To get the process started, someone files the will, and a request to probate the will as a muniment of title, with the probate court. If the court decides there's no need for probate administration, it admits the will into probate as a muniment, or evidence, of title to the estate assets. Essentially, the will serves as the document that transfers the assets to the persons or entities named in the will to inherit them.

The court doesn't appoint an executor or administrator. The person who requested probate as a muniment of title, however, is required to file an affidavit (sworn statement) with the court within six months, stating that the terms of the will have been carried out (or, if some terms haven't been carried out, which ones).

Small Estate Affidavits

In certain circumstances, people who inherit property don't have to open a probate court proceeding or use a muniment of title. If there is no will and the total value of the probate estate is $75,000 or less (excluding certain types of property), then the people who inherit the property can prepare a simple affidavit (sworn statement) to collect the property. (Tex. Estates Code Ann. § 205.001).

Small Estate Procedures

Texas executors can use a simplified small estate process if the value of the property doesn't exceed what's needed to pay the family allowance (an amount paid to a surviving spouse, minor children, and "adult incapacitated" children) and certain creditors. (Tex. Estates Code Ann. § 354.001.) The executor presents an accounting showing where the estate money went, and the court approves it and closes the estate.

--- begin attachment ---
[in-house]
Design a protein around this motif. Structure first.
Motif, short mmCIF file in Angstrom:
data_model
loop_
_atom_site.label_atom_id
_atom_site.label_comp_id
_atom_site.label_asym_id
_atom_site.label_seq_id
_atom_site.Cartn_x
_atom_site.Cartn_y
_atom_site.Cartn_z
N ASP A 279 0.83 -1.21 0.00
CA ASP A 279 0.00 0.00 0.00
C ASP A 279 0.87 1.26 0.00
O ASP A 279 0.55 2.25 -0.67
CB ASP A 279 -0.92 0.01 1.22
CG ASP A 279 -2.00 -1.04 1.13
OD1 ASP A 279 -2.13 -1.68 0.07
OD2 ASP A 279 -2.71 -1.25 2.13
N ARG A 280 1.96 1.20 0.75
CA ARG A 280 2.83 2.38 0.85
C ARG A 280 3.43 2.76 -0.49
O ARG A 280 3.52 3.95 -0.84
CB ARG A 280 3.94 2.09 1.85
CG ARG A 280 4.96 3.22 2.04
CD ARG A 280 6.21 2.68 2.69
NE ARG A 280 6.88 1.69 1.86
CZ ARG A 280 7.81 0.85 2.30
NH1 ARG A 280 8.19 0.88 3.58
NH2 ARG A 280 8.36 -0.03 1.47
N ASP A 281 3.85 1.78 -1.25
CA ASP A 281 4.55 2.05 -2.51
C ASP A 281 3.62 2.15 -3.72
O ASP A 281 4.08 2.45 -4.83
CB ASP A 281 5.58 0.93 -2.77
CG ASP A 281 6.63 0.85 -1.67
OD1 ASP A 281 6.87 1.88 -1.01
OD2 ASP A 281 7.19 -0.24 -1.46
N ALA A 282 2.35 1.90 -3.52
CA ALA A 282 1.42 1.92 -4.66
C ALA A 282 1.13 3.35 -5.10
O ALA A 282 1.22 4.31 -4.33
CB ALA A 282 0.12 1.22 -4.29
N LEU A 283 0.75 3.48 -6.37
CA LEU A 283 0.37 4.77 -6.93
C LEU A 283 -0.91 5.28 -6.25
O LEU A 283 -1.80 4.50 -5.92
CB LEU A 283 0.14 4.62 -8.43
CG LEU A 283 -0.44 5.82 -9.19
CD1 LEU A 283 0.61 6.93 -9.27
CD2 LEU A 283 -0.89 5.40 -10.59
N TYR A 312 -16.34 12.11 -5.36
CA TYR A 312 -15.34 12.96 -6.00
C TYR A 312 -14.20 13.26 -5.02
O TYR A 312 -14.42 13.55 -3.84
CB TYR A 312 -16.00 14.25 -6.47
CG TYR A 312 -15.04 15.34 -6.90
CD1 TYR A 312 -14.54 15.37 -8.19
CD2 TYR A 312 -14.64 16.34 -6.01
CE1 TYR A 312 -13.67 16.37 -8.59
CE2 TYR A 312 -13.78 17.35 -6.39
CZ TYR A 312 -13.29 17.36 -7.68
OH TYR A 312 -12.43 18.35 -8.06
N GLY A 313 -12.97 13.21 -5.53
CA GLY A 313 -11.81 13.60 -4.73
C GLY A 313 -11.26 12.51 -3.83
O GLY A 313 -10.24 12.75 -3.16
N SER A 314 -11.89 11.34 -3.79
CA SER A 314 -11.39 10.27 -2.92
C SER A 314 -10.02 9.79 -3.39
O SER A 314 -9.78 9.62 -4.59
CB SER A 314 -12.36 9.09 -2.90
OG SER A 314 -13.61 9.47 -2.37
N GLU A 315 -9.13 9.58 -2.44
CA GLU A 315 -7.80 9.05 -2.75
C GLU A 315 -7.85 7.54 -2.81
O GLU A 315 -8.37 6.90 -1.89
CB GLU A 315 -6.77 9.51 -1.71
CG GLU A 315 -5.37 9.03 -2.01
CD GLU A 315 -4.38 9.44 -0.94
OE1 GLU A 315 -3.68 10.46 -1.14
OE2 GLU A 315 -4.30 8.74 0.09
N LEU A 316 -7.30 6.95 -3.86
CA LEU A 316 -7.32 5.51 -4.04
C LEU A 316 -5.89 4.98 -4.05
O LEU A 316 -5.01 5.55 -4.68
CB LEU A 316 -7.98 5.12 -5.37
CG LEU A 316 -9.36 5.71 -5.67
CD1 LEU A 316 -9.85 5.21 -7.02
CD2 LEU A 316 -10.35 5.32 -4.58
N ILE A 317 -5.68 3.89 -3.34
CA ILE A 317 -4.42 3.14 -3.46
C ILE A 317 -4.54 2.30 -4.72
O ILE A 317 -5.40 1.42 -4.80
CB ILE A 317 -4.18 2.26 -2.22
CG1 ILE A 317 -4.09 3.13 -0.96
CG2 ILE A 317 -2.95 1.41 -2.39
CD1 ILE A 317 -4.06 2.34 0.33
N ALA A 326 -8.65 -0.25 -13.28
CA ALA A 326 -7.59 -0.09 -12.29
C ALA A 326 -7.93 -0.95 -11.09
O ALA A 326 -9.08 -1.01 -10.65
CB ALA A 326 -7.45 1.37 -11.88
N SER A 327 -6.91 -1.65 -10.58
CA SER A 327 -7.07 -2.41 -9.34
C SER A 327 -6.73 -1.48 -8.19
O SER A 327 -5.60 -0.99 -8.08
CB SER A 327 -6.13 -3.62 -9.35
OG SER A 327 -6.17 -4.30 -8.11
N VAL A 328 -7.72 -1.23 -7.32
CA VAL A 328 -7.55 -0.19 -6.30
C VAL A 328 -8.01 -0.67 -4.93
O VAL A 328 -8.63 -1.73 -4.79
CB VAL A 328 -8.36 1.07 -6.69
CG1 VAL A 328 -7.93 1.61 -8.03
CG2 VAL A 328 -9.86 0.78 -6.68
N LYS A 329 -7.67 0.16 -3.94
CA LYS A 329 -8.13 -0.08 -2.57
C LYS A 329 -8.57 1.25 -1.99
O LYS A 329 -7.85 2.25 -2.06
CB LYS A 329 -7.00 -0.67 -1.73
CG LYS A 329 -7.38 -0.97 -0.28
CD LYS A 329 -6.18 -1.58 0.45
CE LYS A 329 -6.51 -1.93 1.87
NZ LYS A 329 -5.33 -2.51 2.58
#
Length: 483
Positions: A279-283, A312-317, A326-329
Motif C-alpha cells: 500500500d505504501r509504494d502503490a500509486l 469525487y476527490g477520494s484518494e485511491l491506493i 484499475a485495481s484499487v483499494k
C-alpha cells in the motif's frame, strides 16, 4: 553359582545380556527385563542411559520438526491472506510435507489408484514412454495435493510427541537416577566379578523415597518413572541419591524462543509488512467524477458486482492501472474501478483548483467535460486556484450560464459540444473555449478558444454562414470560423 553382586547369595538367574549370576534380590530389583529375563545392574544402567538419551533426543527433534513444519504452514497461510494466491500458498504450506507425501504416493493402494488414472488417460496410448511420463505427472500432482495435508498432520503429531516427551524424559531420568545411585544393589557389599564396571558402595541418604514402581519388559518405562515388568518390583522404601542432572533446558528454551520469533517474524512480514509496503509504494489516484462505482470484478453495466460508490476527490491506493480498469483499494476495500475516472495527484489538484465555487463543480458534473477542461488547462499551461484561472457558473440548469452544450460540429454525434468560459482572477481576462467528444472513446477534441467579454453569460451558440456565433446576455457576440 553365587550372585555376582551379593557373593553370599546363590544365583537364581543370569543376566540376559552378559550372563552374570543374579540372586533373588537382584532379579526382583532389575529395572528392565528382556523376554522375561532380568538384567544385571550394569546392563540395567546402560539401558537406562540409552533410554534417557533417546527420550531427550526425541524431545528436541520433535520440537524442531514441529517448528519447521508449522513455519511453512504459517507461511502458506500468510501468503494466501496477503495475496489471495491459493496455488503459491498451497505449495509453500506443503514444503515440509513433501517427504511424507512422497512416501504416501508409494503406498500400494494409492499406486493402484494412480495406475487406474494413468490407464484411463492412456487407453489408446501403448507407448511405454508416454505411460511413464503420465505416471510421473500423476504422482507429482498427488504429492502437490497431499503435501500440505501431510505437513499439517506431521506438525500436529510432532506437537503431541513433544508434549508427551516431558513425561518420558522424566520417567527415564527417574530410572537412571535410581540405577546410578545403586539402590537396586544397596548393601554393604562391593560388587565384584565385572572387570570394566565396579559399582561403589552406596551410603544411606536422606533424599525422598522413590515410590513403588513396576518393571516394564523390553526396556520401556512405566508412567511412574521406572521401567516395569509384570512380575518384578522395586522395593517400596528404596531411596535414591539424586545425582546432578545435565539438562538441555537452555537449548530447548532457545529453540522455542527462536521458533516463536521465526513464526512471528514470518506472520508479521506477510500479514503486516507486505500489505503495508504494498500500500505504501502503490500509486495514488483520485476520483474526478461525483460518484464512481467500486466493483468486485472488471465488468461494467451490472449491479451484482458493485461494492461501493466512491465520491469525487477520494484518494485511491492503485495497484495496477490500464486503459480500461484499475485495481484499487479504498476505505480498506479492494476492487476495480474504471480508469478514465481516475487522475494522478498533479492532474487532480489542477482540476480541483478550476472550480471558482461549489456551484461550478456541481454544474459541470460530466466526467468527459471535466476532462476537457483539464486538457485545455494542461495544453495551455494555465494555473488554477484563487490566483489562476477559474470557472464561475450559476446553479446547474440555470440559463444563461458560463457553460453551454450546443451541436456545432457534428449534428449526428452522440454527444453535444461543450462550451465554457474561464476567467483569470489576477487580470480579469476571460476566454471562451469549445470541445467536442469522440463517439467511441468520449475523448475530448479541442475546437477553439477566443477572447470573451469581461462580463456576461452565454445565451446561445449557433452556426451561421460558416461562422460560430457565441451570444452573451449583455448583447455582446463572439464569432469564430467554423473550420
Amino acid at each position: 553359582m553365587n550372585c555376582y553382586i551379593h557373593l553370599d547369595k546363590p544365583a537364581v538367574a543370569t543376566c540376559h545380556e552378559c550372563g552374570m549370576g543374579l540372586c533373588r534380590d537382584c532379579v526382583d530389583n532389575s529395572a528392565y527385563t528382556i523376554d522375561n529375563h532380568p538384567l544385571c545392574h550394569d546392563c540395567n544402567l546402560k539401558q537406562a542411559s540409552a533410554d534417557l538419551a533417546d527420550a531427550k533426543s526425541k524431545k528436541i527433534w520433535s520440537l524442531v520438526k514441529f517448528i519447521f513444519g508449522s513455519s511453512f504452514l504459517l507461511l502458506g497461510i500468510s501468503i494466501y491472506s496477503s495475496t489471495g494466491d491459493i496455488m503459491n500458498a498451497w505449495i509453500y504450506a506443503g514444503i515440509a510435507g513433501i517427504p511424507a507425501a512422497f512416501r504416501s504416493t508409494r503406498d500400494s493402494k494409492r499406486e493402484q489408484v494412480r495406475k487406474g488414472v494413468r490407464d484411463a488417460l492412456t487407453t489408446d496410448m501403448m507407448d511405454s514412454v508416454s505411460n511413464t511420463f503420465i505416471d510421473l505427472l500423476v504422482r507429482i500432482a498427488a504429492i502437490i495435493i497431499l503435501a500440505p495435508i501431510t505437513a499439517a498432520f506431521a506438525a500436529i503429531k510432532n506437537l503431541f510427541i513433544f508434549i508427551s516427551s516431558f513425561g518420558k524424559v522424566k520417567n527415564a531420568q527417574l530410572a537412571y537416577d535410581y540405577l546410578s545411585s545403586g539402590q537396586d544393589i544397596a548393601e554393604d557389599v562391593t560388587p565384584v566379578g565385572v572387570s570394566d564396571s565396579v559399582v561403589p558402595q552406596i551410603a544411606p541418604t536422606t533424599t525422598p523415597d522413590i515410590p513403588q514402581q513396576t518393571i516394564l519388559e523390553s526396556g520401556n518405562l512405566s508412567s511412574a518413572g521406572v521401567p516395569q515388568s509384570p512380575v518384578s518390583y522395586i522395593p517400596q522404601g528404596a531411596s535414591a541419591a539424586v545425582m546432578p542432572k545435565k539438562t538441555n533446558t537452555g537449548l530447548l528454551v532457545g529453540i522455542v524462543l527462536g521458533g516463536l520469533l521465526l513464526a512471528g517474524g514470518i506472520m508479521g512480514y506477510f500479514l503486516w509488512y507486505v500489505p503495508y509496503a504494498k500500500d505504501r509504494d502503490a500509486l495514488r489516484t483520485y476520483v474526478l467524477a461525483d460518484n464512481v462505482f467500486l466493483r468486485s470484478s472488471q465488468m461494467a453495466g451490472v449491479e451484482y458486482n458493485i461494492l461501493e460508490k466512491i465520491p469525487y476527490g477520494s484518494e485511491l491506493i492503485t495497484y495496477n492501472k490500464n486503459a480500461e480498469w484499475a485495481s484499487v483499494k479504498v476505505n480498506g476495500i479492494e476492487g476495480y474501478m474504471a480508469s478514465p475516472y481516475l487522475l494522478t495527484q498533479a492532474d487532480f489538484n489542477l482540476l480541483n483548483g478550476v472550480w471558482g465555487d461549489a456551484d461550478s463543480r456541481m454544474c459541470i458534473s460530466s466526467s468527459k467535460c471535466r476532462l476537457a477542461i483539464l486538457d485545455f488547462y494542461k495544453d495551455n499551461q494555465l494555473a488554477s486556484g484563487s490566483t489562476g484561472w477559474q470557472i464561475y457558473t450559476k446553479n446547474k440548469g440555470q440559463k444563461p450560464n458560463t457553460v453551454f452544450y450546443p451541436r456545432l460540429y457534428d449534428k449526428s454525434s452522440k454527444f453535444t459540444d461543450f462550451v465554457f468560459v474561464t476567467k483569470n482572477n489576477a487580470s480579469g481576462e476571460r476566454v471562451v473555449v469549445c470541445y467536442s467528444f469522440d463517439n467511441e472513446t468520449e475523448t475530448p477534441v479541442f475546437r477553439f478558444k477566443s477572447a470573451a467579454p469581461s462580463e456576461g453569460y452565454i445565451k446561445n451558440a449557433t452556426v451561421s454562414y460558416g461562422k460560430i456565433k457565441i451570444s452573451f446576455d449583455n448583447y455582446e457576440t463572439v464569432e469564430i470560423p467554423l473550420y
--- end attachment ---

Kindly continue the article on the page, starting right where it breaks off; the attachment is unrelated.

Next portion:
Similarly, if, after expenses of the funeral and last illness have been paid, the remaining assets don't exceed the amount of the family allowance, the court can issue an order of no administration. In that case, the court assigns the estate assets to the surviving spouse and/or minor children. (Tex. Estates Code Ann. § 451.003.)

Learn more about Texas probate shortcuts.

For more information on navigating the probate process and settling a loved one's estate, see The Executor's Guide by Mary Randolph (Nolo).

Texas Probate Law and Process

A formal probate process in Texas usually requires taking steps such as these:

  1. File an application to admit the will and begin the probate process, along with a copy of the will
  2. Petition the court for "letters" or letters testamentary, which show your authority to act as the executor or personal representative
  3. Give notice to beneficiaries named in the will, as well as any creditors, and
  4. Collect the assets of the estate, and pay off any debts.
  5. Distribute the remaining assets.

A typical timeline for a probate proceeding in Texas, from filing the application to distributing the assets, is about nine to 12 months. However, exactly how long probate takes will depend on many factors, such as the complexity of the estate and whether family conflict exists.